The real mission for the Mars Curiosity Rover is supposed to start when it reaches the base of Mount Sharp later this year. However, as it slowly makes its way there, it keeps finding more and more interesting things for the engineers and scientists at NASA to get excited about.
"We chose to go there because we saw something anomalous, but wouldn't have predicted any of this from orbit," said Grotzinger, according to Phys.org.
Curiosity arrived at Yellowknife Bay earlier this month, looking for a place to test the rock drill at the end of its arm, and discovered a treasure trove of new evidence for Mar's watery past — spherules that are typically the result of water percolating through pores in sediments, weathering consistent with that caused by water, and layered deposits, including numerous veins of the mineral calcium sulphate, a.k.a. gypsum, which is most often found deposited in lake and sea-beds.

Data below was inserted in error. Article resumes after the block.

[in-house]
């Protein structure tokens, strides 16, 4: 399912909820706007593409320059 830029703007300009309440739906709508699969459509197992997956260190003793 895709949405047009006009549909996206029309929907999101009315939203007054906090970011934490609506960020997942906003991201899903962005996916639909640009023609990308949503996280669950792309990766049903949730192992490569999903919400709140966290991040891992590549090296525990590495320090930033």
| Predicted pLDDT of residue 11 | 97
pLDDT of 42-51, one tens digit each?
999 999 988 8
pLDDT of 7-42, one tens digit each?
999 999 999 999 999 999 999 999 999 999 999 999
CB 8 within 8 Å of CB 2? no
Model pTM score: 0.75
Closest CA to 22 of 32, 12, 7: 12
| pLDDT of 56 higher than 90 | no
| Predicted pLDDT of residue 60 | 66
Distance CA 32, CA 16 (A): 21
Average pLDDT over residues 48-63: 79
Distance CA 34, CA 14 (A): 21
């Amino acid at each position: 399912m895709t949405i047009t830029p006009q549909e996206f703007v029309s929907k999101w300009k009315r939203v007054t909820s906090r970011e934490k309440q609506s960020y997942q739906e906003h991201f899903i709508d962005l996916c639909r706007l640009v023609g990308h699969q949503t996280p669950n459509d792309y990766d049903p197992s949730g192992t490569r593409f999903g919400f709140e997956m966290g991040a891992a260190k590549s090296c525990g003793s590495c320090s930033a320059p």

The mission team plans on having Curiosity break apart some of the layered sediments to get a better look at fresh samples underneath, and they will have the rover drill into one of these gypsum veins, gather the rock dust into its analyzer, and determine the exact composition of the material, as well as the amount of water that they indicate was in the area in the past.
Check out the Universe Today article for extensive details.